Most U.S. casinos are going to be shut down for the foreseeable future, and when they reopen, it may be months, or even years before business returns to normal. The economy could be headed into a recession, which will result in less spending from both consumers and businesses.
However, the casino shutdown is already over halfway around the world in Macao, and that could help some of the companies with operations in both Macao and Las Vegas weather the storm. Wynn Resorts (NASDAQ:WYNN), Las Vegas Sands (NYSE:LVS), and MGM Resorts (NYSE:MGM) can lean on Macao for both cash flow and knowledge about how to operate through the COVID-19 pandemic, and that could shine a ray of hope on these operators.
Las Vegas is repeating history
On February 5, Macao's casinos shut down for 15 days as part of an effort to combat COVID-19. The result was an 87.8% decline in gambling revenue during the month of February, partly because resorts were slow even before the shutdown went into place.
That sounds terrible, but there are at least some preliminary signs that travelers are starting to return in China. Marriott CEO Arne Sorenson said that his company is starting to see demand return in China, and that's about as positive a broad indication as we've seen that China may be the first to see travel recover from the COVID-19 pandemic. And that would be great news for casino stocks.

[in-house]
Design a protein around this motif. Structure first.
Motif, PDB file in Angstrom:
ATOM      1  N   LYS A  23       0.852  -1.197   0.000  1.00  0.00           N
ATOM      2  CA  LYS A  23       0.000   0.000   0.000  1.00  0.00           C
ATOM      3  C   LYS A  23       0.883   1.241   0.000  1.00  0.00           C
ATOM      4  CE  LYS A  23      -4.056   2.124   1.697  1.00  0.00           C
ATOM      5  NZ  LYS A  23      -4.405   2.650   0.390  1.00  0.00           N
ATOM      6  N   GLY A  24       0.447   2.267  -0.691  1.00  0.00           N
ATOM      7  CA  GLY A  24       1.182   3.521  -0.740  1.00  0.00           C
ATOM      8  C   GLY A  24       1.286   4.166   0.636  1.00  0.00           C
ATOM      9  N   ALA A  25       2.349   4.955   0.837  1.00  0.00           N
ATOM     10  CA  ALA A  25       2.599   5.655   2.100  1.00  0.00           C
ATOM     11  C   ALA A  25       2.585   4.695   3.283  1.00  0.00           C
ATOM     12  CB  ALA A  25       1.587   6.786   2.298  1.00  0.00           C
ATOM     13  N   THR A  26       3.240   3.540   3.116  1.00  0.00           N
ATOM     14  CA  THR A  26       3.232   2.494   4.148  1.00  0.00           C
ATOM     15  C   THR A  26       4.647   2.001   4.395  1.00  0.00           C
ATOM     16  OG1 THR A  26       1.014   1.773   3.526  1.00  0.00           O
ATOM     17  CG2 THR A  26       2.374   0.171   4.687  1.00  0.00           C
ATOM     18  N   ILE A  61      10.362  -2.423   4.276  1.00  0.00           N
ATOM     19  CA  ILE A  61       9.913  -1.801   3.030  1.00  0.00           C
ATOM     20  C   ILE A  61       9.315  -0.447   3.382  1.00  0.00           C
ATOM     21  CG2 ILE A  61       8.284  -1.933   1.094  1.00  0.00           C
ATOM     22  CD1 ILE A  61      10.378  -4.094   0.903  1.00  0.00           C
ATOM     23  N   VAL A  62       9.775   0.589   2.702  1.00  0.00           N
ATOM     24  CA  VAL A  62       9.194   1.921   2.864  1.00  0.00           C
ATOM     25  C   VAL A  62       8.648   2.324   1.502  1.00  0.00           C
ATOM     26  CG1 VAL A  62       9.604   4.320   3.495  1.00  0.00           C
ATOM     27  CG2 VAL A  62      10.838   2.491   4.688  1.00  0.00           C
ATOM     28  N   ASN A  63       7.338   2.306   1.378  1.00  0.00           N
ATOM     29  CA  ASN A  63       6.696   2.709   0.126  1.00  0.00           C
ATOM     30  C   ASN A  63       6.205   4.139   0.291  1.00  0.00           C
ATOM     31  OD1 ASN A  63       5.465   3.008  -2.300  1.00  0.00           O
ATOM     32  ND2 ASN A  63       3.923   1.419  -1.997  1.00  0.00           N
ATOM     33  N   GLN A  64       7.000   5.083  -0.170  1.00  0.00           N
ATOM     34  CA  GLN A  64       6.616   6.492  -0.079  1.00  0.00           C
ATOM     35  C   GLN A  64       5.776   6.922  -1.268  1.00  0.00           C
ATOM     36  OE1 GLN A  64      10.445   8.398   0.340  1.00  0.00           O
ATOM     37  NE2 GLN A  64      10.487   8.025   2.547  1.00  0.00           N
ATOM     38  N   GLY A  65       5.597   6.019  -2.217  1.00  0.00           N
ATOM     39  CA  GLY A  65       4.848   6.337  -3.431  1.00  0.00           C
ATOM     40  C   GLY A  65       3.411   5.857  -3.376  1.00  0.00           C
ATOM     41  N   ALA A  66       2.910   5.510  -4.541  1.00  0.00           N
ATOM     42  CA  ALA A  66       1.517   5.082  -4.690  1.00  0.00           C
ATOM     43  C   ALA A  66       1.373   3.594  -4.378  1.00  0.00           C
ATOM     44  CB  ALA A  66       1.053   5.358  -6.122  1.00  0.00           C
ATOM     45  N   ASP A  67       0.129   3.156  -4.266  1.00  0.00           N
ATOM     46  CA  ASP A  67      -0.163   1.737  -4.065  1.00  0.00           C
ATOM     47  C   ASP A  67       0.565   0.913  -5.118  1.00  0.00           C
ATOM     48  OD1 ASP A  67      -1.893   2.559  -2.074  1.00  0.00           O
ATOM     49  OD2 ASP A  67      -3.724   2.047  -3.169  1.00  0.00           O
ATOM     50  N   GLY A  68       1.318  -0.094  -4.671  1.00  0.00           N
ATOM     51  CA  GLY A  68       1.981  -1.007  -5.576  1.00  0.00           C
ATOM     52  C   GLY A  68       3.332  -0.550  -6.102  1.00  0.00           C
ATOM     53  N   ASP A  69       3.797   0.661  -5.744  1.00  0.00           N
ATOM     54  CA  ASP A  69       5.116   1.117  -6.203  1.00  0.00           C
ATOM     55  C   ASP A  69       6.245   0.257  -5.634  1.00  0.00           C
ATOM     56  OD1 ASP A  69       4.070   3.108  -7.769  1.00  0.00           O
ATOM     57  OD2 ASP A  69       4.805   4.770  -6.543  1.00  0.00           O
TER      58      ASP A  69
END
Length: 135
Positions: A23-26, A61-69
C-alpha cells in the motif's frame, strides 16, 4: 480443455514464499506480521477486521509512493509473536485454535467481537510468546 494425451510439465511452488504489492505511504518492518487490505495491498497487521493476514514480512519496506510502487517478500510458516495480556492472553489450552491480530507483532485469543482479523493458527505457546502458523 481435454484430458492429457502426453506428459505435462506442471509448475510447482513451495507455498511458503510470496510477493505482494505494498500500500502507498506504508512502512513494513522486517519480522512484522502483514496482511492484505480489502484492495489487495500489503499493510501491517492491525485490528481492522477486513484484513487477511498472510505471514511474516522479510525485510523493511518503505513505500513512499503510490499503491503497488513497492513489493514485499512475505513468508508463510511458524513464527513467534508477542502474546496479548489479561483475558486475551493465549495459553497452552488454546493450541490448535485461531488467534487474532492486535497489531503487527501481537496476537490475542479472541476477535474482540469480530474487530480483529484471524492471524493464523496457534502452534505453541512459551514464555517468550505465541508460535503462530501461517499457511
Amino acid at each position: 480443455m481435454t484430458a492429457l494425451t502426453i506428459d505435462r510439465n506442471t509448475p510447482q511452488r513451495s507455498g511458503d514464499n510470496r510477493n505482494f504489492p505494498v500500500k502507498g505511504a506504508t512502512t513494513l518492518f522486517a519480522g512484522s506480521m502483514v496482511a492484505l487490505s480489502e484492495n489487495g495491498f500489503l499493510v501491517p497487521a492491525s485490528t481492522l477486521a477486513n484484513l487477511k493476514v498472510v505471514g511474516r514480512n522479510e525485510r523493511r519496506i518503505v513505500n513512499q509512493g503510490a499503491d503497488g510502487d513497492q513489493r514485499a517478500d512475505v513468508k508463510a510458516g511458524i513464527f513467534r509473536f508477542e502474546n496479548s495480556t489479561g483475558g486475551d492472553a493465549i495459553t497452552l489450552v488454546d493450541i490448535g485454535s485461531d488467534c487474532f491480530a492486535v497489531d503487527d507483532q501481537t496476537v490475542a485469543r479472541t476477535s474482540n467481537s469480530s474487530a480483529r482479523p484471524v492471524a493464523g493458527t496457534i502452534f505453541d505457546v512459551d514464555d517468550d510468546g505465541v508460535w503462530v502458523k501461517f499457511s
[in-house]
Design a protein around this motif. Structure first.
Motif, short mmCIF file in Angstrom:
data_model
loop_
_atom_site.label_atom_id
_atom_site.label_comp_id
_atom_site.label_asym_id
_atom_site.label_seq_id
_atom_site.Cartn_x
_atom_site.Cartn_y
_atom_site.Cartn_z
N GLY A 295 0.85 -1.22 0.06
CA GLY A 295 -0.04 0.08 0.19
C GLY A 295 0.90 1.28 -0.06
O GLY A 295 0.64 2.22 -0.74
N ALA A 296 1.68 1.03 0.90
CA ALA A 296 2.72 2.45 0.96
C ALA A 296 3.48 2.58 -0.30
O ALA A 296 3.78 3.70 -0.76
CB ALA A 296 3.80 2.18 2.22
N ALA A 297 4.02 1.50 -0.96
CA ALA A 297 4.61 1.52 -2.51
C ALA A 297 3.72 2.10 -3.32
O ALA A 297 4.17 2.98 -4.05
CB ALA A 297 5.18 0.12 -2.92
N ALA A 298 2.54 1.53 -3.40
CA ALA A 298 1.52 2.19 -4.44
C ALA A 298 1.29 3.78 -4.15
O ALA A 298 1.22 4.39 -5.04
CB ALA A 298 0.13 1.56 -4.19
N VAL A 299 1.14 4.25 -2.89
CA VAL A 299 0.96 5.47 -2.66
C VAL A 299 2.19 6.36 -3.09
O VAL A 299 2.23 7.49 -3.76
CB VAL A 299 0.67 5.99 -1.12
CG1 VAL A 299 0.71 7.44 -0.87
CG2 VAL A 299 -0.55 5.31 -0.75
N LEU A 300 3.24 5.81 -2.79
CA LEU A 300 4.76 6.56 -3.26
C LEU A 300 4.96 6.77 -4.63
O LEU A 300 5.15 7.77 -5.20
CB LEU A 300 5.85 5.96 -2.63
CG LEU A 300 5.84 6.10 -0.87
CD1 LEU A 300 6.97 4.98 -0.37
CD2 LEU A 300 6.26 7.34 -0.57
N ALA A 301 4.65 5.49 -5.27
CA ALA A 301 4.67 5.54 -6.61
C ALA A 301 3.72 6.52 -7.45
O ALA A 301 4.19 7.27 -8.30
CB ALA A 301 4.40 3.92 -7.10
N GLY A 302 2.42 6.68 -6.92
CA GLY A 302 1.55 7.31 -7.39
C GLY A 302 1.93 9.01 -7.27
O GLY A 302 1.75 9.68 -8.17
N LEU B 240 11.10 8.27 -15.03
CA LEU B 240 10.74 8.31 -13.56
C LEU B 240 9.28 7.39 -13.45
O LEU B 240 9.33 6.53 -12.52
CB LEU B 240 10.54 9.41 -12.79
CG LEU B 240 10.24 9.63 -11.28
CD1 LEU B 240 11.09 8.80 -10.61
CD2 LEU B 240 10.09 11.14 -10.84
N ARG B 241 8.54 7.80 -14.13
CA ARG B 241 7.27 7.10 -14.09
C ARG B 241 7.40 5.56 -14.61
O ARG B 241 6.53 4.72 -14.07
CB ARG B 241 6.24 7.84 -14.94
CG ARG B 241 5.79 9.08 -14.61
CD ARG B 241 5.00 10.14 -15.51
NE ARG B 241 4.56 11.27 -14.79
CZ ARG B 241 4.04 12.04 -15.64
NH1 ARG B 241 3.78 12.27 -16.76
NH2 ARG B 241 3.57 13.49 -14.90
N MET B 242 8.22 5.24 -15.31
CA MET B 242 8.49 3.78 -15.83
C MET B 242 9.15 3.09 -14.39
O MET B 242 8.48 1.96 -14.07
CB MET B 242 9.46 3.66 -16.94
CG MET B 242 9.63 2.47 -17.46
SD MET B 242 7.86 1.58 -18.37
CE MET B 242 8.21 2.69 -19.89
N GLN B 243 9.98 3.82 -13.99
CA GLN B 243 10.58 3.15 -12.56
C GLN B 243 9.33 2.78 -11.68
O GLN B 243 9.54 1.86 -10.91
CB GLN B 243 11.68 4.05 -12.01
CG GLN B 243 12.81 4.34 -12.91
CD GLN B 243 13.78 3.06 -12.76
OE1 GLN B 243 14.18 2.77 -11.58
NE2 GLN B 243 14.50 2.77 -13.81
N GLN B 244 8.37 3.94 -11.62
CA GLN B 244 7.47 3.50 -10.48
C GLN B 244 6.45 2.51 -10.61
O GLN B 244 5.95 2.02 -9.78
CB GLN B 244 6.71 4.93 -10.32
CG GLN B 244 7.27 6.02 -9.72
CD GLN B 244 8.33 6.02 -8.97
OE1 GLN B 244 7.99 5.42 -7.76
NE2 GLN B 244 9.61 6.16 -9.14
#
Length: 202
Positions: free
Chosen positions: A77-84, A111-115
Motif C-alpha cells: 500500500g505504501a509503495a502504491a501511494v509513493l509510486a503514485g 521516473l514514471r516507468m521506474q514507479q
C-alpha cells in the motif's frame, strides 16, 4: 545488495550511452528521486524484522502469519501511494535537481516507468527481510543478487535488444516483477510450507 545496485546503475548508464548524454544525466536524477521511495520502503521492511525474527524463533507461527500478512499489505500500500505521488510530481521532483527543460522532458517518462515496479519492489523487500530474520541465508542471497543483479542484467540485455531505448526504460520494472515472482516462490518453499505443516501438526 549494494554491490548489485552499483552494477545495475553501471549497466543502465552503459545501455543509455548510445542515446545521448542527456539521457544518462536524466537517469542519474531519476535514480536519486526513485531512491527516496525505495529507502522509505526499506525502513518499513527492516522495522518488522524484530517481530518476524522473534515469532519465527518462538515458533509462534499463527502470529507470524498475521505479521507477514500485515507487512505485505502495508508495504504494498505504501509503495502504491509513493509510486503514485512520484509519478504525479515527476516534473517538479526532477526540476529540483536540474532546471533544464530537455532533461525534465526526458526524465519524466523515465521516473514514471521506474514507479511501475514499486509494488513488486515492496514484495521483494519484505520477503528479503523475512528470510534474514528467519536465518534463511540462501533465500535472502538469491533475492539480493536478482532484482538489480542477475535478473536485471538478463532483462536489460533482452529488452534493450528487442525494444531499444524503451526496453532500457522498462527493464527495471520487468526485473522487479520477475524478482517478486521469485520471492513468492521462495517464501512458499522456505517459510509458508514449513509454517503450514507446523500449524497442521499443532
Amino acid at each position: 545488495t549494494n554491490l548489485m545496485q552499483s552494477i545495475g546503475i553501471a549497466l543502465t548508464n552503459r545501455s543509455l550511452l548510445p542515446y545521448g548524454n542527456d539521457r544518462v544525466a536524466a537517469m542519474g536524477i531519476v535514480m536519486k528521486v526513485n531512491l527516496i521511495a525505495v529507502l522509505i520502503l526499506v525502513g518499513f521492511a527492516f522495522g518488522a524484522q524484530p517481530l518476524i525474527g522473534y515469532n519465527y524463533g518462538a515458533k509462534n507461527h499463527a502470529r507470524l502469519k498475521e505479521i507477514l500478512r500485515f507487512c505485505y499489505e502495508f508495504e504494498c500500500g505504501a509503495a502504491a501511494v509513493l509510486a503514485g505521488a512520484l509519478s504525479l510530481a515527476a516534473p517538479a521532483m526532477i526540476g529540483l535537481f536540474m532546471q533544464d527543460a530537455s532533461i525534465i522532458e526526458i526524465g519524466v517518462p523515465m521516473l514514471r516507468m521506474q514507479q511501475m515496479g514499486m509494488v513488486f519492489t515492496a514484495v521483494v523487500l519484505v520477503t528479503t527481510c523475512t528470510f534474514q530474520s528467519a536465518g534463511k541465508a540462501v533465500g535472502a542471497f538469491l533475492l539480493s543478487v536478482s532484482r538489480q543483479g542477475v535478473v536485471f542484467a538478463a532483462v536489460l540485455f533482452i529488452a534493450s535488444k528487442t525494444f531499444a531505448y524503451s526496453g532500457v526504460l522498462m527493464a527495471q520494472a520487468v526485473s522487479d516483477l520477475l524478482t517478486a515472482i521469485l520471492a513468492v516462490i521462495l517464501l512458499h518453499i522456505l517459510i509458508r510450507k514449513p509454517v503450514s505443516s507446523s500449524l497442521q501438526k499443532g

If China, and Macao, can get the COVID-19 outbreak under control, it could lead to a return to a more normal local business flow in the coming months. And it's possible Las Vegas could be just a few months behind.
Cash will keep flowing from Macao
Even if Macao's casino revenue drops significantly, resorts would likely still generate positive cash flow. That's because a resort's most expensive outlay is building the property itself. Once the real estate is built, fixed costs can be minimized to a certain extent.
The best proxy we have is between 2014 and 2016, when gambling revenue fell 36.5% due to a corruption crackdown in China. Even with the big drop in revenue, EBITDA, a proxy for cash flow from resorts, remained positive.
Investors should also pay attention to the fact that EBITDA margin remained fairly strong despite gambling revenue falling as much as 50% from its peak. Even if casinos need to absorb a 50% or 60% decline in gambling revenue for the next few months, they should generate positive cash flow from operations in Macao. And that could help keep resorts in Las Vegas afloat until they become cash flow positive again.
Las Vegas leans on Macao
China's relatively quick reaction to COVID-19 could end up helping ease the economic impact on the virus there. And that may keep money flowing from the region into the coffers of Las Vegas Sands, Wynn Resorts, and MGM Resorts, keeping Las Vegas resorts afloat.
In the U.S., it's hard to know when the shutdown of casinos will end, so any bright spot in operations would be welcome news for casino stock investors.